H.M.S. Ulysses

Reading H.M.S. Ulysses — as I recently did for the first time (2010) — sharpens one's insight into Alistair MacLean. His earliest novel, written at a publisher's request after he'd won a short story competition the previous year (in 1954), H.M.S. Ulysses draws heavily on MacLean's experiences in the Royal Navy during World War II. It traces the ill-starred voyage of a group of British warships escorting a shipment of tanks, ammunition, and oil along the Arctic route from the U.S. to Russia. MacLean had been part of two Arctic convoys a dozen years earlier; one can only hope they met a far better fate than the one described in this book. While meant to be uplifting as well as tragic, this story eloquently depicts warfare's senseless savagery.


Plot keypoints

Shepherding an Allied convoy through Arctic weather and German attacks is tantamount to suicide. But Russia, fighting the common German foe, urgently needs armaments, so the Royal Navy's top brass orders another convoy to sea. Despite severe misgivings — as well as a recent mutinous uprising aboard their ship by desperate sailors — Admiral Tyndall, Captain Vallery, and Commander Turner must once again push the H.M.S. Ulysses and its crew to the limits of their legendary luck. Blizzards, U-boat torpedoes, and aerial bombardments surely await ... as, perhaps, does the seemingly unbeatable German battleship Tirpitz.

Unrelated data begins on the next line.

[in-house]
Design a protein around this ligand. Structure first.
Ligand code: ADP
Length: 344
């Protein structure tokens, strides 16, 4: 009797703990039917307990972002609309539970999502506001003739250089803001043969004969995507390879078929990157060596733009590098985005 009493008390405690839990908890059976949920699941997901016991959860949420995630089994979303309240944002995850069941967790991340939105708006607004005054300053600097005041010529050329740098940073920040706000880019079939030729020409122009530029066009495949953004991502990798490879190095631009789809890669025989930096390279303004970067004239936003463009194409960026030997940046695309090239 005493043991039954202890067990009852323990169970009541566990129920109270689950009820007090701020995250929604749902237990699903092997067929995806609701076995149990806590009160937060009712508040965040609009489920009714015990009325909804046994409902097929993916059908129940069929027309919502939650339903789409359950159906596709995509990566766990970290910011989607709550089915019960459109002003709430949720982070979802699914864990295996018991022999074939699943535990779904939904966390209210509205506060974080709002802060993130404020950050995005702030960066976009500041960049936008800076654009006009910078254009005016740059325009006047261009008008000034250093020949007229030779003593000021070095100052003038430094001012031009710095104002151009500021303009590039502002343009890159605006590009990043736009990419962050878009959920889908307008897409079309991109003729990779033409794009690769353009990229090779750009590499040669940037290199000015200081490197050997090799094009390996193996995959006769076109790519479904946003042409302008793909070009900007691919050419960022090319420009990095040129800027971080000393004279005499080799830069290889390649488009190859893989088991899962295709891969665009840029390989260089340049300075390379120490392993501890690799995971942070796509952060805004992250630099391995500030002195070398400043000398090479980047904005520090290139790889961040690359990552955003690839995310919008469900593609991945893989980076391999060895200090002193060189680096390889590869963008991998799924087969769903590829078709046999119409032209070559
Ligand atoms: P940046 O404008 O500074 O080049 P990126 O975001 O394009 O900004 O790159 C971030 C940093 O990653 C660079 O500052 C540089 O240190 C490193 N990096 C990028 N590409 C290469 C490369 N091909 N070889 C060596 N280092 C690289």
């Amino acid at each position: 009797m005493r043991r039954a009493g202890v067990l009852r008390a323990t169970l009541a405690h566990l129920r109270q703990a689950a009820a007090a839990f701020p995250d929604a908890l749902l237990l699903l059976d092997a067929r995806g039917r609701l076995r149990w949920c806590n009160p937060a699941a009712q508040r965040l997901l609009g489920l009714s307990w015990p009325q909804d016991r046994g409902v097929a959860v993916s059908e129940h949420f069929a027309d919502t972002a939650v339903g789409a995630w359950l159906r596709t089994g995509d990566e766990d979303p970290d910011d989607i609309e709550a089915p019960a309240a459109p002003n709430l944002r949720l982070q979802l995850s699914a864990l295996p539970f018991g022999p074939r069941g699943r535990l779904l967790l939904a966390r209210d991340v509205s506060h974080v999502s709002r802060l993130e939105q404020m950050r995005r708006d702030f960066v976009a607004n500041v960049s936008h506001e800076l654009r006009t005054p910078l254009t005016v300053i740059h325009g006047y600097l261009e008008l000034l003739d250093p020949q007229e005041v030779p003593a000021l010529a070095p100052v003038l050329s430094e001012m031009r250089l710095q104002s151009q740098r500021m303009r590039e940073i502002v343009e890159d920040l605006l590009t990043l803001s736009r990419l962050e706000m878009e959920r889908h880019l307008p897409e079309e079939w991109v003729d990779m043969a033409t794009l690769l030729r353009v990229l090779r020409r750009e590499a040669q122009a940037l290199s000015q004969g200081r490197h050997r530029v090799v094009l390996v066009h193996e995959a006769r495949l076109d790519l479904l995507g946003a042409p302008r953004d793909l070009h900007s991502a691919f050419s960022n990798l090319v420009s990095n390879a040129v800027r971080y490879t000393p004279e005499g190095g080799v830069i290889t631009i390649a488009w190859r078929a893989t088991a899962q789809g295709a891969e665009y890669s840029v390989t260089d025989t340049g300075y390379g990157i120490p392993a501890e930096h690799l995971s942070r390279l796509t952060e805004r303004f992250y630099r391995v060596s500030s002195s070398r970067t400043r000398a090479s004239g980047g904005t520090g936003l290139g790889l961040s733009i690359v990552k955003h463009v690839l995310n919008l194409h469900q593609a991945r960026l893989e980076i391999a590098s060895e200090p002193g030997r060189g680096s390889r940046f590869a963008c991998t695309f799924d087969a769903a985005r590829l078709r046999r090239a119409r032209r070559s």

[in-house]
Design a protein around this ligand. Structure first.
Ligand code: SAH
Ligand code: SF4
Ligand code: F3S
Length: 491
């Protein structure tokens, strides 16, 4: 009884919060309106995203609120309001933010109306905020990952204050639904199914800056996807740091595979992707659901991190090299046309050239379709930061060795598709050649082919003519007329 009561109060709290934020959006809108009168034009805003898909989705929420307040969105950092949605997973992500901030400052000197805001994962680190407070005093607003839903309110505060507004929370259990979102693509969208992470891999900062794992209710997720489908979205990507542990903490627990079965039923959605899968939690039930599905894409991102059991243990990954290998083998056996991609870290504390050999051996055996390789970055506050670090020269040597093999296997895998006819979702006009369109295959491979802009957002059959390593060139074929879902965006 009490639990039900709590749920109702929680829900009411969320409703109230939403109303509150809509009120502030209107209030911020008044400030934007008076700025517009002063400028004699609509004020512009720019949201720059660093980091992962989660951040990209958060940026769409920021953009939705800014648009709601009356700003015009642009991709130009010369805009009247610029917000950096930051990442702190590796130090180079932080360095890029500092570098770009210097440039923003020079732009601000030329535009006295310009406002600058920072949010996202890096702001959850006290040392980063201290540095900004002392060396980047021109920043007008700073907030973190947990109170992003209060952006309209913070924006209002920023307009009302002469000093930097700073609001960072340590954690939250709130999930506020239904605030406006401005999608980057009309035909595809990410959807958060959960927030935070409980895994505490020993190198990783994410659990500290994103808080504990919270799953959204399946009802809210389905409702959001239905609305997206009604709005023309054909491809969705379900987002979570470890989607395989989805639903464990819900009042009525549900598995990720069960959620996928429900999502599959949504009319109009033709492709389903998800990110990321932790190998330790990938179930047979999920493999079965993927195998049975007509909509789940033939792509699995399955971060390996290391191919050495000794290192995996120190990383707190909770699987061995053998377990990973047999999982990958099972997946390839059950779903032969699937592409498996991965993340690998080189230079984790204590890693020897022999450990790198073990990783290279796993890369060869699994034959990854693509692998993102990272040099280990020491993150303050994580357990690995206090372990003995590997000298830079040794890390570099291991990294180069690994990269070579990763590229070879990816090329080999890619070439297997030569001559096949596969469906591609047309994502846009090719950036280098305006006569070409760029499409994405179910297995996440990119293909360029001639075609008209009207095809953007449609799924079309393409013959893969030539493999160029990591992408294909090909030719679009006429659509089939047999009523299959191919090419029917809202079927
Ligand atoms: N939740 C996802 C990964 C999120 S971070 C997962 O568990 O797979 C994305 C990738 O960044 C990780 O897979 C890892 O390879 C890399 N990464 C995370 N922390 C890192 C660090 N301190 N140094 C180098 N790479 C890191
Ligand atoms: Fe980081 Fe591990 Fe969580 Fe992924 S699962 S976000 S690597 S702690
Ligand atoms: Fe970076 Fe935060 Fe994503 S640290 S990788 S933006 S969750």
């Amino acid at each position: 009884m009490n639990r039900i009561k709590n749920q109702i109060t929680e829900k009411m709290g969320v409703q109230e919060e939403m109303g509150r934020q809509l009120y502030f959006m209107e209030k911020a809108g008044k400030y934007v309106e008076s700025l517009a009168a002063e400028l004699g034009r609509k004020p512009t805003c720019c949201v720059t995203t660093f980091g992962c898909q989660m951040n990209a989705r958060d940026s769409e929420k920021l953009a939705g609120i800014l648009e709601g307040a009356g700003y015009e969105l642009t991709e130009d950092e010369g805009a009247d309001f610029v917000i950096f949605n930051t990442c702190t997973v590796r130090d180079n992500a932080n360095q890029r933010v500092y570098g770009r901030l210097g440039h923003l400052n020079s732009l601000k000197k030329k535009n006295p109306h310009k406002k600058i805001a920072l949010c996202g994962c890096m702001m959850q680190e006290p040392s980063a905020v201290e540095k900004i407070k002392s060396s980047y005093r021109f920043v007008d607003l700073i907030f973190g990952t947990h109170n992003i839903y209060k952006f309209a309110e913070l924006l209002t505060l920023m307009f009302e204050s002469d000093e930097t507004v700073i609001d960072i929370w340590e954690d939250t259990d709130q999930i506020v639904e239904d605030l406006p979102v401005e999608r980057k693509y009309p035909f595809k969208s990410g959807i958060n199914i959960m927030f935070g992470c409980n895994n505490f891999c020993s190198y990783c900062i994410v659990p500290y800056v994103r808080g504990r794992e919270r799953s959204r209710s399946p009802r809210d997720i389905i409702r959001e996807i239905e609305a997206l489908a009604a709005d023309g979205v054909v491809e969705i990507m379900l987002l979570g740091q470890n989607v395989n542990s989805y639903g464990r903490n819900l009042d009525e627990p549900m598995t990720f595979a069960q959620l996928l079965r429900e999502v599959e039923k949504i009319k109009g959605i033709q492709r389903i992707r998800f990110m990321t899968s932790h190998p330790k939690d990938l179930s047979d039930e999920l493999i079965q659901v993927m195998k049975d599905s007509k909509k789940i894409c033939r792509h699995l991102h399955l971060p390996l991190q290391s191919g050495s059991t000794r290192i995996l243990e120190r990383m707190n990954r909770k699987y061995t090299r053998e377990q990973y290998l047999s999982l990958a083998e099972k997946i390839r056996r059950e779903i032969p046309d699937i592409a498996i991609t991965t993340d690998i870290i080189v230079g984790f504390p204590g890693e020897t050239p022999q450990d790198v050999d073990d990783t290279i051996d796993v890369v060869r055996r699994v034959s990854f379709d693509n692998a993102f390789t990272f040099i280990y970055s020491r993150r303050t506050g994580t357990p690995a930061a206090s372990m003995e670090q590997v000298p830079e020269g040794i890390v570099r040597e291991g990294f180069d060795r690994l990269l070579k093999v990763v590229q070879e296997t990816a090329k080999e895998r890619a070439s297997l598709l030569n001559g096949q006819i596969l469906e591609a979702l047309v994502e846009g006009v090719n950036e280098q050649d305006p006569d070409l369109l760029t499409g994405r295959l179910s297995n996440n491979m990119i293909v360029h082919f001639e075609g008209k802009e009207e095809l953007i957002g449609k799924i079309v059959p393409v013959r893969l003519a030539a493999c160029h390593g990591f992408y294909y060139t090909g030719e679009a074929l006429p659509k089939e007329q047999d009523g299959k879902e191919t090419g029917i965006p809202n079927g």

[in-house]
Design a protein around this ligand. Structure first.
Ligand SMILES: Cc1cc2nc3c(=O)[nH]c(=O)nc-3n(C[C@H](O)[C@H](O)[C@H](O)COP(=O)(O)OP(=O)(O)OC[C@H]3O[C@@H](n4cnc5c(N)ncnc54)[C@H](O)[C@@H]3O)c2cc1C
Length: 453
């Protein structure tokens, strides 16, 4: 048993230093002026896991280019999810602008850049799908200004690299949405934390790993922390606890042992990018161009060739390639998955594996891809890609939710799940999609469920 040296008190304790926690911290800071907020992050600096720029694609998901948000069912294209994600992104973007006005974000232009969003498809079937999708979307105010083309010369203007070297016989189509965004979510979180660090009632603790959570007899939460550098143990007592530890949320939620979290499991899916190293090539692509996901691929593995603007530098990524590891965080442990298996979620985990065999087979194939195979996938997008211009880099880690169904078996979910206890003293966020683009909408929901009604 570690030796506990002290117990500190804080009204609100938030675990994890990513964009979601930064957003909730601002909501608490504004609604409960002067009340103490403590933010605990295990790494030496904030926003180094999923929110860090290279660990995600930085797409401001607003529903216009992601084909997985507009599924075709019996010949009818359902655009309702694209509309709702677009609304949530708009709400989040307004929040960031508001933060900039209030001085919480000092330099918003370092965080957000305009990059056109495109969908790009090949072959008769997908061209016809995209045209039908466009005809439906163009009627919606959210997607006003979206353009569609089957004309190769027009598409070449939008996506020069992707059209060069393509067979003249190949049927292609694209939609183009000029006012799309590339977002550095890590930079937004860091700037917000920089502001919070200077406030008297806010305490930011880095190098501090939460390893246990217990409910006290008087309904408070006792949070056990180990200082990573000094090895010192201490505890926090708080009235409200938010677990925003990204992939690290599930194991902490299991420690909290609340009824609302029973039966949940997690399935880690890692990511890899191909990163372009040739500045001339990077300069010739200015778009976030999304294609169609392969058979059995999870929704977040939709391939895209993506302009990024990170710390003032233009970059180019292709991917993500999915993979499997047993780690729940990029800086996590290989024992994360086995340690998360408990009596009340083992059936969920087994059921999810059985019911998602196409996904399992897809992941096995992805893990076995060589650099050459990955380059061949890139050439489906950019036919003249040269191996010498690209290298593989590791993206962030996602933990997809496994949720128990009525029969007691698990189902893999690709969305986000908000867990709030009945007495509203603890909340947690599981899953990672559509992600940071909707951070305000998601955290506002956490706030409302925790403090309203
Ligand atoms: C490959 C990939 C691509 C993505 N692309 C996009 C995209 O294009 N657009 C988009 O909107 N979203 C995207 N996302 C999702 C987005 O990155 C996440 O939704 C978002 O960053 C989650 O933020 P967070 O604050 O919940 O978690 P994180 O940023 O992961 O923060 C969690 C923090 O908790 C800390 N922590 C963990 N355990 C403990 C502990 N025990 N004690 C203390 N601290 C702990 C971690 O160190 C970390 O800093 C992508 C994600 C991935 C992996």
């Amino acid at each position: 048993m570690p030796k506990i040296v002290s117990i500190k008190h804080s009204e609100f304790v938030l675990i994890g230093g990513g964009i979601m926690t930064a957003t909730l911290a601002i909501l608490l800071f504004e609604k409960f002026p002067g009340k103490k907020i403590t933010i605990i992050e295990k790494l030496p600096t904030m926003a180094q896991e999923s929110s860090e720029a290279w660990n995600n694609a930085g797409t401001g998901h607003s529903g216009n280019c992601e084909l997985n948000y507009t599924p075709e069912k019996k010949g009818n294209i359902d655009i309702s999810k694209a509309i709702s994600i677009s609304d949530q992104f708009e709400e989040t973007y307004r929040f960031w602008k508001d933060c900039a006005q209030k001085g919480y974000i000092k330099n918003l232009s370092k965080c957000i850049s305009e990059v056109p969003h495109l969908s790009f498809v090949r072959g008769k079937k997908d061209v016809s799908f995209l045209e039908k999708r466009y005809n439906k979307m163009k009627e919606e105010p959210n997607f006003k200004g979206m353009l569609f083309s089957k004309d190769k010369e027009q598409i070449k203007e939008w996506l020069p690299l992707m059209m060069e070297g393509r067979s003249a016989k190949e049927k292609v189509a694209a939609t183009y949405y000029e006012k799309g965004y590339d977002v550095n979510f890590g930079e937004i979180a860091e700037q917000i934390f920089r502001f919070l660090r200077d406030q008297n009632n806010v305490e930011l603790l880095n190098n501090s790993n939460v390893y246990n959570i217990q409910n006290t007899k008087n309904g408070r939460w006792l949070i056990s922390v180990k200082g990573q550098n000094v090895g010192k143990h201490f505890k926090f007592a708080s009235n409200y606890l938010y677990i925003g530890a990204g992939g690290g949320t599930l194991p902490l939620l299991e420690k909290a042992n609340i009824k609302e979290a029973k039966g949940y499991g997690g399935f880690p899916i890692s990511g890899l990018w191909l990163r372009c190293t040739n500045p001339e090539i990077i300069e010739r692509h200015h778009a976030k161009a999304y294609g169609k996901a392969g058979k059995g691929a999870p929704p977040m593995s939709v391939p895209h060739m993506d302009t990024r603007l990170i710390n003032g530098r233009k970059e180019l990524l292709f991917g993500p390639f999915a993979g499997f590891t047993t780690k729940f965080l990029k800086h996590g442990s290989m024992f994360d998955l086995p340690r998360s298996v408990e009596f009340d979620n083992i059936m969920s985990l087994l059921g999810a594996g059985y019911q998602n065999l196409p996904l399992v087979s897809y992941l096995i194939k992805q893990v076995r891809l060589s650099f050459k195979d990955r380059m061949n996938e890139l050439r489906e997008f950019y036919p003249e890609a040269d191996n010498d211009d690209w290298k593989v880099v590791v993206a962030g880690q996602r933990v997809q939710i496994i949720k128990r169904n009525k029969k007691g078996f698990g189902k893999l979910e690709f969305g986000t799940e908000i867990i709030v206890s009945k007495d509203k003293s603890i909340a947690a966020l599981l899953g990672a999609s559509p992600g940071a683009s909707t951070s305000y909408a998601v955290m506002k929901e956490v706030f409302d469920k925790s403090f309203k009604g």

• MacLean exerted all his writing skill in his very first novel. He lingers lovingly over the minutest details of weather, battle strategy, personal character, and all the factors that build into a sprawling naval war tale.
  • He gives a knowing look into the way WWII warships were made and operated. A diagram at the start details 68(!) parts of the Ulysses.
  • Not every crew member is infallible or heroic. Trouble from without and within the ship presents the commanding officers with many tough decisions.
  • While the ending certainly can't be called happy, the book does finish on a poignant, touching note.



  • Realistic though they may be, the seemingly endless series of blows that rain down on this convoy may leave the reader feeling as battered as the Ulysses crew.
  • A reader unfamiliar with warships will have trouble following some of the descriptions and abbreviations with which MacLean peppers the story.
  • Occasionally, characters behave in hard-to-believe ways. One jarring example is what a top-notch crew member does — or, more precisely, doesn't do — when ordered to torpedo another ship in the convoy. (The officers' actions don't ring true there either.)



Before his writing started to follow recognizable patterns, Alistair MacLean forcibly carved out his own literary path with this brutal war novel. Read it and learn about naval warfare — and about him.



 (9 out of 10)